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Report - Exploring Dover 2010.

Discussion in 'Military Sites' started by urban junky, Apr 22, 2010.

  1. urban junky

    urban junky stuck in a hole...
    Regular User

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    Met up with Shadow, Jesus and Skydiver in surrey monday evening and headed off in the sun to Kent ready for a few days of exploring.

    Rolled up to Maniacs house where he kinedly let us stay for the week being he had time off work which was very good of him thanks again!

    When we arrived at his door it looked like the party had started without us music, beer and a room full of more explorers a good start to a good few days so after a long night of drinking and exploring talk i got my head down for a bit.

    Then arose the next morning with the cafe in mined and one year older!

    First up was Detached Bastion which i have been to many times on other trips but a few others had never seen it and its always worth a look if your in the area.....

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    Then on to a part of the bastion that i hadnt been before the main entrance from the road.....

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    After that we headed over to the North and South Casemates.
    The casemates were constructed in the late 1800's for accommodating the troops stationed on the hights they were also used in WW2 for storage......

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    The next morning late morning after the beer and cake i consumed the night before we headed over to Lydden spout deep shelter which i decided with out a rope i wouldnt do because it was down a cliff face and if you tripped or fell you would fall another two hundred foot to your death!

    So i explored Lydden spout plotting rooms instead which turned out really good because people have started a shrine of pictures and letters of people that were in there in the war.....

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    This plotting room had been sealed for over thirty years.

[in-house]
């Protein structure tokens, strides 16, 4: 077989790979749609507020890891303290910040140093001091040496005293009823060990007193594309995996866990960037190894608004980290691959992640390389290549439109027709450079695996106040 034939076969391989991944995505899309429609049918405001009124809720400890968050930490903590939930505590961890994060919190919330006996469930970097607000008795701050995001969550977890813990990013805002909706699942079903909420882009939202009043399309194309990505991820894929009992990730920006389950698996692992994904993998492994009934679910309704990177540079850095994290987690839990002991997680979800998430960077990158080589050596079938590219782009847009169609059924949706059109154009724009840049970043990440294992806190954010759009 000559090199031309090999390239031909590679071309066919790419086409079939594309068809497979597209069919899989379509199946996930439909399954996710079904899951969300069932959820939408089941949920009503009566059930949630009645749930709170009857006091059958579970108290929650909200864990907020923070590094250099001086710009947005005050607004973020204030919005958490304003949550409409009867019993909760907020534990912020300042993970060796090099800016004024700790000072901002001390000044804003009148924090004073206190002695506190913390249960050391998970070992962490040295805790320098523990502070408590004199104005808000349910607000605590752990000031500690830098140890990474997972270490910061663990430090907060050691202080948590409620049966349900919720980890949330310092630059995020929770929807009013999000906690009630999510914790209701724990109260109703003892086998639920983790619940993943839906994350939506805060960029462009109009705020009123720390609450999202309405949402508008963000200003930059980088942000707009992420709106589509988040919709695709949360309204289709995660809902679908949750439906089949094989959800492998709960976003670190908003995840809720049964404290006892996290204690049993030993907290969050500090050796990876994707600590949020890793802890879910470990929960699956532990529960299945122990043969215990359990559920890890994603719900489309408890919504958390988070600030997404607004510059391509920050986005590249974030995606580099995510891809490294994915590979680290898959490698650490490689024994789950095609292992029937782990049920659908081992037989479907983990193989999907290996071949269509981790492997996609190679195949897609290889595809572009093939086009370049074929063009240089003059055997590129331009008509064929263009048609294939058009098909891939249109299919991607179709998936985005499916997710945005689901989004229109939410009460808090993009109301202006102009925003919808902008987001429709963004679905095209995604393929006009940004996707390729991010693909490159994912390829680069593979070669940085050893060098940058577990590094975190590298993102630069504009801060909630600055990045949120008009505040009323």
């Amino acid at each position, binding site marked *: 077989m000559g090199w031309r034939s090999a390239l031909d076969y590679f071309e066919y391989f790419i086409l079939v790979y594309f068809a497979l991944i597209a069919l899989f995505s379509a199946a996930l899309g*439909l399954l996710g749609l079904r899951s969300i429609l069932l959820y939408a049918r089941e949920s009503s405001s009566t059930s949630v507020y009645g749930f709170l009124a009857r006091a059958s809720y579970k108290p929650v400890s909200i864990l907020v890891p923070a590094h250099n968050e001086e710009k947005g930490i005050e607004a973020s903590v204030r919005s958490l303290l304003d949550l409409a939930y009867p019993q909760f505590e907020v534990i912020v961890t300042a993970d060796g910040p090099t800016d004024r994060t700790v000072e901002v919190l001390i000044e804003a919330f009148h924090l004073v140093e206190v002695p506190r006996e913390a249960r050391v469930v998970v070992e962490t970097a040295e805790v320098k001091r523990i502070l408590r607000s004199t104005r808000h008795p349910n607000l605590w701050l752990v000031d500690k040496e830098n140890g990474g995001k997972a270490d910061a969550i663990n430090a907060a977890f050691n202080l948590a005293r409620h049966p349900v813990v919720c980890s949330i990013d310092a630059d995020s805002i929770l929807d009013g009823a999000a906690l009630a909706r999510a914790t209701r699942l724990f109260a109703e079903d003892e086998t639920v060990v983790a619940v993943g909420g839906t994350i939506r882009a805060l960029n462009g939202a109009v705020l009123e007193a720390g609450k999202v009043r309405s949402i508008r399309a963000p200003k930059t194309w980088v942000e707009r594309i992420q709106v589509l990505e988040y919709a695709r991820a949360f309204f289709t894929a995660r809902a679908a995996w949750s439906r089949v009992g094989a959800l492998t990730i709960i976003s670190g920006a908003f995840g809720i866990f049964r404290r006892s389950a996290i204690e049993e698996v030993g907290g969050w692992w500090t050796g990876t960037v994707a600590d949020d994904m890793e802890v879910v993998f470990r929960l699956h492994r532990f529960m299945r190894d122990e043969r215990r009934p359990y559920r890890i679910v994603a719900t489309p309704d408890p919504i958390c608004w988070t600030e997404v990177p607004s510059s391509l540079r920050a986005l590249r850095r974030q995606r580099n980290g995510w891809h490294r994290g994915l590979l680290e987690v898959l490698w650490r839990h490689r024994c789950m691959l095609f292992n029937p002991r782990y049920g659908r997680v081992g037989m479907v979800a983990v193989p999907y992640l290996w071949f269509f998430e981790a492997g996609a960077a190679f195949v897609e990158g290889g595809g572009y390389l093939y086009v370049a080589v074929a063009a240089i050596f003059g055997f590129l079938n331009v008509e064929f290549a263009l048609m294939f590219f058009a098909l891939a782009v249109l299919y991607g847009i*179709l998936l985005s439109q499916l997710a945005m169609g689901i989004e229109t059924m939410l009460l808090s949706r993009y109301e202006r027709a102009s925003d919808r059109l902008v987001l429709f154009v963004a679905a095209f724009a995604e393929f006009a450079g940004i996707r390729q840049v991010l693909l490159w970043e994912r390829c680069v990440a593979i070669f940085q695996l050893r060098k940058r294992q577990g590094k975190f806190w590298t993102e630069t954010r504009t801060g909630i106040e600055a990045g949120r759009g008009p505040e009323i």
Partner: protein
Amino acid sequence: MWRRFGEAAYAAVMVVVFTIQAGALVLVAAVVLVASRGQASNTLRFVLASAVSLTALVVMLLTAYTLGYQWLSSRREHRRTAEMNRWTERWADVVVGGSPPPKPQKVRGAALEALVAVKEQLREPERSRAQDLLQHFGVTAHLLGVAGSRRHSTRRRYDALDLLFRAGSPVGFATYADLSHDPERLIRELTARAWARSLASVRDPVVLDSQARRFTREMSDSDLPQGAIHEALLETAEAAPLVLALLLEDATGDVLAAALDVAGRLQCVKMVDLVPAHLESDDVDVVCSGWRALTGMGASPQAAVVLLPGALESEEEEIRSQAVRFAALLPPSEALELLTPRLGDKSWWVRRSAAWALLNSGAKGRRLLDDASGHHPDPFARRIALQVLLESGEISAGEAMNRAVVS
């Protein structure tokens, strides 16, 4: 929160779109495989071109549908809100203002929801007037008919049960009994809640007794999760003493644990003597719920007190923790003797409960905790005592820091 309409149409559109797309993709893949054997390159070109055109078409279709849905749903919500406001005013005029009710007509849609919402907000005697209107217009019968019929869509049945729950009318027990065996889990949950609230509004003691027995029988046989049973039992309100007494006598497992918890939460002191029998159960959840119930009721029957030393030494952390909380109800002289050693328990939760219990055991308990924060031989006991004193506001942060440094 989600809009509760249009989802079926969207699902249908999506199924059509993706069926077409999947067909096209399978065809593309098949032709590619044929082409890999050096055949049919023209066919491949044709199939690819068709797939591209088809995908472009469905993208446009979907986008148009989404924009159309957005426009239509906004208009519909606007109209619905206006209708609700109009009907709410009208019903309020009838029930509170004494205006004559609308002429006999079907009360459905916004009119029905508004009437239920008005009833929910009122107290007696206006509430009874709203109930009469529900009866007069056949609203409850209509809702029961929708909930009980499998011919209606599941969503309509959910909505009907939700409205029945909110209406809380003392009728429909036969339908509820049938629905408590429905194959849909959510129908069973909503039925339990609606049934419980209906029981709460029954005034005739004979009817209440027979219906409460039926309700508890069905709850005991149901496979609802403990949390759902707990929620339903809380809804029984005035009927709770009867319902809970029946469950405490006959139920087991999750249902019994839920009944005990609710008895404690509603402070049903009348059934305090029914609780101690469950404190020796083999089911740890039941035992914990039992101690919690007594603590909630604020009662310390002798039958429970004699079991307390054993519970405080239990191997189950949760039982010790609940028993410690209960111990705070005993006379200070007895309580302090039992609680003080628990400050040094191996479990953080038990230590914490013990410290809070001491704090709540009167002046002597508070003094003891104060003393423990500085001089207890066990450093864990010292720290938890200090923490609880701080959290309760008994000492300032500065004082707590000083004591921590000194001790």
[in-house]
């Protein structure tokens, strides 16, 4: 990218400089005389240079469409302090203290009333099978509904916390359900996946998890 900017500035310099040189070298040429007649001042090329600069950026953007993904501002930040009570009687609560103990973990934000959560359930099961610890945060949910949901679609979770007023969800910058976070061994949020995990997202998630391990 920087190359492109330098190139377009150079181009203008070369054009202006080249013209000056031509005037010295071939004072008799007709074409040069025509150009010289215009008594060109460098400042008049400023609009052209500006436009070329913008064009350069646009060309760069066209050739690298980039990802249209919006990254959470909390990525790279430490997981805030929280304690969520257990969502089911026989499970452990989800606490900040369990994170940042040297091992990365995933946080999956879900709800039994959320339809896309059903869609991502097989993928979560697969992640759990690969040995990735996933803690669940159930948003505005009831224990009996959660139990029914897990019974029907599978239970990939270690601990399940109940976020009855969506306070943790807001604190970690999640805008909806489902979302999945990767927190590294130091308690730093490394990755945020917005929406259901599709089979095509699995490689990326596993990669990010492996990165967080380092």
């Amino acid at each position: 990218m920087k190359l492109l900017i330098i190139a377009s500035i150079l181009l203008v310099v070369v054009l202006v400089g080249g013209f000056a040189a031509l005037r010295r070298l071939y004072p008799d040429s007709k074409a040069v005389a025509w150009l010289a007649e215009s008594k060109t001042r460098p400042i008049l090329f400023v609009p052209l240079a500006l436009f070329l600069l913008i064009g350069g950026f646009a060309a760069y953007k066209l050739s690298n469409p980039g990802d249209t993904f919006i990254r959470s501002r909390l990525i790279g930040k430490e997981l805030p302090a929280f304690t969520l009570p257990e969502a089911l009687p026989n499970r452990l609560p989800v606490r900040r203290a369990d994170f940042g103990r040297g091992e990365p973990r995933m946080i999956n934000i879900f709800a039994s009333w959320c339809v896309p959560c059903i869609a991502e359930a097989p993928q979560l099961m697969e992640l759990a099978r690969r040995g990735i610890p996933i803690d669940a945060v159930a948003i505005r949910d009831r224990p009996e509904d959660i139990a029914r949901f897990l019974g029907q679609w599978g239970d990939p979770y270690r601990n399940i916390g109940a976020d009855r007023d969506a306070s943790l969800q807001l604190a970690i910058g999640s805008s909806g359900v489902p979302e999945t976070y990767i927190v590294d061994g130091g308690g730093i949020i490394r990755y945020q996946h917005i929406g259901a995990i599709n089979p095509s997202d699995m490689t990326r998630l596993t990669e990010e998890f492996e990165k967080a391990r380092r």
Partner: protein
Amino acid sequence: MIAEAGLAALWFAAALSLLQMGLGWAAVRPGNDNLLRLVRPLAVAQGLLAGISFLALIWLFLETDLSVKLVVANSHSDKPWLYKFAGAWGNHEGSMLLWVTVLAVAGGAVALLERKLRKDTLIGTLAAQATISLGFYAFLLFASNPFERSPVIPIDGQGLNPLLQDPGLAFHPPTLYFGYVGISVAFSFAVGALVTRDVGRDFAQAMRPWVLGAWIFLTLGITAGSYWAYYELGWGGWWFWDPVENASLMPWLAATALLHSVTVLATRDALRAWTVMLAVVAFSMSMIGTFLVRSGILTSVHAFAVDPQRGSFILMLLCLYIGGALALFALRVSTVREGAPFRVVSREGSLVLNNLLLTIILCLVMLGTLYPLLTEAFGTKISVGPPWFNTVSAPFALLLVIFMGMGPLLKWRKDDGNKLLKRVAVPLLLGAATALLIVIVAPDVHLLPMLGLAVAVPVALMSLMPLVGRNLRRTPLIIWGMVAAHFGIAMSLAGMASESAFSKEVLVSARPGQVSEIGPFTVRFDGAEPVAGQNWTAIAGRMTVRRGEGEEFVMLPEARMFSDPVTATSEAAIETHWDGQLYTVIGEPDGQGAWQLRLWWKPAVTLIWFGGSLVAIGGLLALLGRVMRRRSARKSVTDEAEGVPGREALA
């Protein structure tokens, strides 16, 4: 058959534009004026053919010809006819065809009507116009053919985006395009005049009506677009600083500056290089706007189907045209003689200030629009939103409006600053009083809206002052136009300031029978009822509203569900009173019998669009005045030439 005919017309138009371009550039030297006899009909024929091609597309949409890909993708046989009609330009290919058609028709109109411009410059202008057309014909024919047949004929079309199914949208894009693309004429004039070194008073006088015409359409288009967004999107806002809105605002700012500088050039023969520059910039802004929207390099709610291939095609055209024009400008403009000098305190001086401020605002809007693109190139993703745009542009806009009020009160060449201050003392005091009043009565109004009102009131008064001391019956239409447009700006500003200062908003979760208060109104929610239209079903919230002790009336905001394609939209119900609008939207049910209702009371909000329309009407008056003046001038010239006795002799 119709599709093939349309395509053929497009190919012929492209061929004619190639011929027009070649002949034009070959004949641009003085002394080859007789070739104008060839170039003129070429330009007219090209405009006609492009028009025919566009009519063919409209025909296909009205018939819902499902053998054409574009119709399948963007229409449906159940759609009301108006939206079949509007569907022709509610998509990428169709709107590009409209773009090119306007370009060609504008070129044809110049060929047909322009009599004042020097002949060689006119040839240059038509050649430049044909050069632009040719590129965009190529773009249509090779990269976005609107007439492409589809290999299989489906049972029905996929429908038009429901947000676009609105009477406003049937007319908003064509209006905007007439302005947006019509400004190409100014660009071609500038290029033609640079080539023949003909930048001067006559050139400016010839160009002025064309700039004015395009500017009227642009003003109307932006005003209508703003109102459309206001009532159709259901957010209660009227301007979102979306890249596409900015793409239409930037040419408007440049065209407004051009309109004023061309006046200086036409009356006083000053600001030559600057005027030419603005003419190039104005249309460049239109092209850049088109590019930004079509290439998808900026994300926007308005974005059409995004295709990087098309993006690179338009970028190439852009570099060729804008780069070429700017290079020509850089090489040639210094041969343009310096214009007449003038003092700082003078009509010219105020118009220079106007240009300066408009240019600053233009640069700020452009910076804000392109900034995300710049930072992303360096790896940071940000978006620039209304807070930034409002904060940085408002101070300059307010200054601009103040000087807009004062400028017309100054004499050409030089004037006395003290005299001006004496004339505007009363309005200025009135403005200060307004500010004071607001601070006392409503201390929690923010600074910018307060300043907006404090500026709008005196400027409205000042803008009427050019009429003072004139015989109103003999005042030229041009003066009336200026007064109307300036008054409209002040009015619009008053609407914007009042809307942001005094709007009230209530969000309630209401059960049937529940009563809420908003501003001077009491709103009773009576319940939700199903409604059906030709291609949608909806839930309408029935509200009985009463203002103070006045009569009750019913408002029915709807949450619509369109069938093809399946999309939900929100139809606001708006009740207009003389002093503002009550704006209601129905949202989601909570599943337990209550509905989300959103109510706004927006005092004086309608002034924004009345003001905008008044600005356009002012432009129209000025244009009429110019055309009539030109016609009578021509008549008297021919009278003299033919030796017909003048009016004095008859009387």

The interior is in excellent condition and there are still some contemporary items inside.
    The walls are in pristine condition and there is very little evidence of deterioration considering the ammount of time it has been abandoned.
    Even the paint on the ventilation system is still mostly intact....

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    Then in my apinion the best underground explore in dover....

    Langdon Hole complex but i didnt have time to photograph all of it so im well up for going back just for this sometime....

    This underground communication facility was built during WW2. It takes the form of two parallel tunnels which are accessed by two stairways This deep shelter sunk into the chalk above Langdon Bay just to the east of Dover had two entrances about a hundred yards apart in a bank by a rough track well back from the cliff edge (the cutting for the railway line that used to run down to Dover Harbour many years ago). There are no signs of the entrances today. After squeezing through a small hole in the main entrance a long flight of steps led deep down into the chalk then into a quite large, for this type of shelter, series of rooms. The roofs/walls were the usual galvanized wriggley sheet metal, but with quite a lot of brick work. In one section where the chalk was exposed an inscription, 'M. Tutt Dec 1944', had been cut quite deeply into the chalk. The steps leading out of the secondary (eastern) entrance were largely missing leaving a steeply sloping chalk floor leading back to the surface.

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    And last of all the place where i fucked my knee up!!.....

    Cliffe Fort is a Royal Commission fort built in the 1860s on the edge of the marshes to protect against invasion via the Thames. A Brennan Torpedo station was added in 1890, the rails of which are still visible at low water, and was used as an anti-aircraft battery in World War II.

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    Thanks U.J
     

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